The Life is Good corporate story is more than a case study on a successful startup. It’s also a lesson on how to win hearts needed to rebuild a true culture of life. Those “superpowers” the brothers adopted were what the rest of us call values. Nothing more, but nothing less. Values are our priorities in life. They are our life’s motivators. We make important decisions and then act upon them based on our values. For example, if we value health, we will eat the right foods, exercise regularly, and get proper rest. If we value holiness, we will make God a daily part of our lives through prayer and outreach. Values help us do what is objectively good, to find happiness and authentic pride in ourselves and how we live. And ultimately, our values speak loudly about who we are.

The abortion industry has long recognized that enlisting values is good for business. Abortion providers value wealth—lots of it. Planned Parenthood doesn’t advertise, “Come in, we’ll kill your baby for you.” That’s a turn-off, like if Satan were to show off his true colors. Instead, abortionists appeal customer values. Planned Parenthood and the others promote “choice,” without ever mentioning abortion. It resonates with women and men caught in the dilemma of an unintended pregnancy. They become easy prey.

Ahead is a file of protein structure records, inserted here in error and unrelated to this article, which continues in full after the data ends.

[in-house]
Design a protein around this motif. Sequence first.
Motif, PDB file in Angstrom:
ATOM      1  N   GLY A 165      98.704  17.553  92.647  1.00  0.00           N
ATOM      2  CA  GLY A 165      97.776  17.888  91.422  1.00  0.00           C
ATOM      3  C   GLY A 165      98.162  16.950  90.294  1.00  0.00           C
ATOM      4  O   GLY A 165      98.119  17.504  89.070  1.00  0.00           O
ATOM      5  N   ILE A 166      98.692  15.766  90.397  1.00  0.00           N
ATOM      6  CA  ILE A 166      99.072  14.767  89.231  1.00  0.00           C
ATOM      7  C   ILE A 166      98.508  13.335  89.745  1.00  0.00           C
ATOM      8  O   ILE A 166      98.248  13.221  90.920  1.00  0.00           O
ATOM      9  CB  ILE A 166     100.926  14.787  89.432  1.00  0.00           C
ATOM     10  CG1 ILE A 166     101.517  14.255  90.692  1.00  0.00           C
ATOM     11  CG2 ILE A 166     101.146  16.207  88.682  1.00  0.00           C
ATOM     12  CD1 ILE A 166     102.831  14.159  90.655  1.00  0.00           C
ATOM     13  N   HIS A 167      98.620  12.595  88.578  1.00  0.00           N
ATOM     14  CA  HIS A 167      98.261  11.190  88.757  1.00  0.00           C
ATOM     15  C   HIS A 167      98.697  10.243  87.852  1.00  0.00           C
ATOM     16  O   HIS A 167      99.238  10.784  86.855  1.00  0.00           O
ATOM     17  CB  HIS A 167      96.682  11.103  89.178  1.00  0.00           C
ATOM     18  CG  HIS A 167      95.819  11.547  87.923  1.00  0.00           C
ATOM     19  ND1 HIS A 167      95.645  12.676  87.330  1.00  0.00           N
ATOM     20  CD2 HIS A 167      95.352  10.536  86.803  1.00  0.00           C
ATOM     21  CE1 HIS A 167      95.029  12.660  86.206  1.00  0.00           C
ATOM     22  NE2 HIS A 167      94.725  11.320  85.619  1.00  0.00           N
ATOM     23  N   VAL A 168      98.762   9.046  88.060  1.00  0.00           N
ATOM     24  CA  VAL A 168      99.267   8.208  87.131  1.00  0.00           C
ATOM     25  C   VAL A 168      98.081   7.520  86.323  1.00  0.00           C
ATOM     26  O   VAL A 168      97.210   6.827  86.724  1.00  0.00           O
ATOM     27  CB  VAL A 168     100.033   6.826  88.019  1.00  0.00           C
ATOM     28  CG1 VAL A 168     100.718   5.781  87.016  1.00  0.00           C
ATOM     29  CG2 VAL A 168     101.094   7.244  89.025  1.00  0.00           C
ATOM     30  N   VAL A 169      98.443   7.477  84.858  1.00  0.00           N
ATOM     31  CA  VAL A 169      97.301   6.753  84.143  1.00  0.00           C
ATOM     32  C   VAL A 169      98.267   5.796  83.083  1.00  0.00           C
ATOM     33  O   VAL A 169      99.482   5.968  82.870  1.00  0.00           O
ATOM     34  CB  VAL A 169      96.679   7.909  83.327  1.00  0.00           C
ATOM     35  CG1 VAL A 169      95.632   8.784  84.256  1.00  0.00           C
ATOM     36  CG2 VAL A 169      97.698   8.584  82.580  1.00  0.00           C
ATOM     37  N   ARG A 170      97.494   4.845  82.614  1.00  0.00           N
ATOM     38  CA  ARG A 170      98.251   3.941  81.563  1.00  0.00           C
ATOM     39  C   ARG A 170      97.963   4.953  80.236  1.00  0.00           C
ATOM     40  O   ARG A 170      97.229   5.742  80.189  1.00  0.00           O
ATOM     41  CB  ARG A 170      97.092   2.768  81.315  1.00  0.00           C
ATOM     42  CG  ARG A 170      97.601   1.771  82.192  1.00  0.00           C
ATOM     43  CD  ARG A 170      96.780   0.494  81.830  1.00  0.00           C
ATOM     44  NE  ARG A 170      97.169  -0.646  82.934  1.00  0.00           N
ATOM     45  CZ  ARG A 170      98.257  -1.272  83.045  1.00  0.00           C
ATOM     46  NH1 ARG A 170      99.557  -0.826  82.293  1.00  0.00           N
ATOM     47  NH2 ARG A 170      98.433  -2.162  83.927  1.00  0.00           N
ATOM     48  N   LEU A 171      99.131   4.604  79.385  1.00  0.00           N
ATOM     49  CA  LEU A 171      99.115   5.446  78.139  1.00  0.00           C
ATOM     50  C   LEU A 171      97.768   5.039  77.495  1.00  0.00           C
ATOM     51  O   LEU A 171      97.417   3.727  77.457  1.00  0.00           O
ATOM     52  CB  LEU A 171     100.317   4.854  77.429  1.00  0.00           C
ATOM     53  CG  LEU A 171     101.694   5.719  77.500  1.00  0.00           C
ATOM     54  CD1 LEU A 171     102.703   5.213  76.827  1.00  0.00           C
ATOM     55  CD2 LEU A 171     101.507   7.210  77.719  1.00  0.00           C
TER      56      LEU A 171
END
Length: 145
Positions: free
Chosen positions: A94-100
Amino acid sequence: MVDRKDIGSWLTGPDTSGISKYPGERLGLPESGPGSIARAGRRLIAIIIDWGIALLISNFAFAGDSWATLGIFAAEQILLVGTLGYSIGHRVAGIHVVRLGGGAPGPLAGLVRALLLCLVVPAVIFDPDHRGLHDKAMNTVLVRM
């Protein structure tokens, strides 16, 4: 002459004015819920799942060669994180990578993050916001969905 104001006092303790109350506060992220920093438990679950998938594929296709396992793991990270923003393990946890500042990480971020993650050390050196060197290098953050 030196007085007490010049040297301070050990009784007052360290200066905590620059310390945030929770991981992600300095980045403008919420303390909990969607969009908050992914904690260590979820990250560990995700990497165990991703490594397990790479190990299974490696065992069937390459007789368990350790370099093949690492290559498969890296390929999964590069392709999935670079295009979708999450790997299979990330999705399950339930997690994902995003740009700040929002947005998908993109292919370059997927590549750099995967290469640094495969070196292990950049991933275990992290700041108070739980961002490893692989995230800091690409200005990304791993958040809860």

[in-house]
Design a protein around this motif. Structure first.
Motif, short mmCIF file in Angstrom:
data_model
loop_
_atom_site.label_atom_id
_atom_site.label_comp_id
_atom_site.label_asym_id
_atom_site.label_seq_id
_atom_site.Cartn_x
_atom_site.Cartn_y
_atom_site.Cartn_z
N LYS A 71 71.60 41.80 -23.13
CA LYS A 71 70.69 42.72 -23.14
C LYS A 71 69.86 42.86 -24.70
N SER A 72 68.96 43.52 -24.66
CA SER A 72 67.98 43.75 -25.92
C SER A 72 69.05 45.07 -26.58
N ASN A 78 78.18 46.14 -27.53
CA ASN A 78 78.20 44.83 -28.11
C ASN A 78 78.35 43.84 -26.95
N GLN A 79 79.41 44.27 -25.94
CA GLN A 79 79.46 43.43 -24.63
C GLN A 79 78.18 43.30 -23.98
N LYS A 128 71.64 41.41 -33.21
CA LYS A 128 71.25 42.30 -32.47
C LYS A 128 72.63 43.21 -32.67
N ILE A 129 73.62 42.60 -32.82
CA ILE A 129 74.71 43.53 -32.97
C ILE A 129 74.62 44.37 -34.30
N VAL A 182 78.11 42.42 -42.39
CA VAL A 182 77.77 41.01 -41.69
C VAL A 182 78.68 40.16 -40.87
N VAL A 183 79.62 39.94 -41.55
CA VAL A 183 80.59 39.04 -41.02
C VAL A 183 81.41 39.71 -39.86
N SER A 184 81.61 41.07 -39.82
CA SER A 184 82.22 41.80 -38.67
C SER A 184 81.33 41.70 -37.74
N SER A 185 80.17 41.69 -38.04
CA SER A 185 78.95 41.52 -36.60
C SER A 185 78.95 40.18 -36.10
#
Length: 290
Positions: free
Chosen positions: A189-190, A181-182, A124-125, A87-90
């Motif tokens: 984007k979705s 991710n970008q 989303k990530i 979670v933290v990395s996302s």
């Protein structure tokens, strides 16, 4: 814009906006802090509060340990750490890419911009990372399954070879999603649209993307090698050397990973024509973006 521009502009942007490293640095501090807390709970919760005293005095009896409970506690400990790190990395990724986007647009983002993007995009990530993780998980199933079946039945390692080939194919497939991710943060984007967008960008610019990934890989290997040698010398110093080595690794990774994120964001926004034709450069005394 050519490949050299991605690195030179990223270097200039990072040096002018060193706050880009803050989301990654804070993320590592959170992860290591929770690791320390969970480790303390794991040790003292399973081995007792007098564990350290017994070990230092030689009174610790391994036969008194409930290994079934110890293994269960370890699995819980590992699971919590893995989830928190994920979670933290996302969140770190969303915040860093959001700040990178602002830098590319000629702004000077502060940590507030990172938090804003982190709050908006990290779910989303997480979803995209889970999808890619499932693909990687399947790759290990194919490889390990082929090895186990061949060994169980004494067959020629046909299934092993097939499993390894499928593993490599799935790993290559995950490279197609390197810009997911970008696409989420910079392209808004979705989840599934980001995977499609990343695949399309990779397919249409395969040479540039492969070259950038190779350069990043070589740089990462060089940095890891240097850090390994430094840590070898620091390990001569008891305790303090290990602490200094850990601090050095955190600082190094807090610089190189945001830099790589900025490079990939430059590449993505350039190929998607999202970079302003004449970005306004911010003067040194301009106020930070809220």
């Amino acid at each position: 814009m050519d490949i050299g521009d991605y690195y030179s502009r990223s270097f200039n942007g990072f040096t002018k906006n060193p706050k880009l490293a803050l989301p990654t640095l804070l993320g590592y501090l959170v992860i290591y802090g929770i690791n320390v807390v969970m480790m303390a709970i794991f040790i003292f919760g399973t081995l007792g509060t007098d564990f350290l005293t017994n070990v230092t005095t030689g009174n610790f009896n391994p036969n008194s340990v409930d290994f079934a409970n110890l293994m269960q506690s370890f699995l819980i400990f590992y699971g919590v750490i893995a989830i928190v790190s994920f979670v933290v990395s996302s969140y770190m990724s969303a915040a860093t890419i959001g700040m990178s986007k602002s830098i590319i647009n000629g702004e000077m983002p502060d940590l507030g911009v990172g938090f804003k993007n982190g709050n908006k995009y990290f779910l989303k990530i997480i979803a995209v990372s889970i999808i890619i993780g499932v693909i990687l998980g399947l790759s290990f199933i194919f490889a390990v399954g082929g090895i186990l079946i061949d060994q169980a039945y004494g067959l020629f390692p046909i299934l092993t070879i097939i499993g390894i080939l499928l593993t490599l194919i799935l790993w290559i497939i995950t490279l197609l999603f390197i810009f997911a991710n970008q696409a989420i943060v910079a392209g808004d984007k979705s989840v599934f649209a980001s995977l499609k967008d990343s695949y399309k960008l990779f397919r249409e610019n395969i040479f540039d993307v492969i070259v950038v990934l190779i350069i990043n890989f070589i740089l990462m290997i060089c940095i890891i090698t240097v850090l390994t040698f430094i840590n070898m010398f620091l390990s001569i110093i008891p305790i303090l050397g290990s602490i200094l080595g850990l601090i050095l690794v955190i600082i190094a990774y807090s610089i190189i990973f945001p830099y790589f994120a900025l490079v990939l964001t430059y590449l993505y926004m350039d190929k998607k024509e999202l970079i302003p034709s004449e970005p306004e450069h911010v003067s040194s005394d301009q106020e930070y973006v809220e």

Many politicians do the same thing. They value power—lots of it. Like abortionists, they do not talk about abortion, and certainly not about what it means. When was the last time you heard politicians say that they want to give women the right to kill babies? Politicians want their public images to be about kissing babies, not killing them. So they talk about “human rights,” “equality,” and “choice.” The message sells.

We need to learn from them. It’s not enough for us to talk about the evils of abortion. It’s all true, and it’s all needed, but it’s not enough. That’s because it doesn’t necessarily motivate people to take the next steps—to work at rebuilding our messed-up culture. Many people are against legal abortion, but if asked what they’ll do to end it, they simply say, “I won’t have one.” That’s good but not good enough, for others will.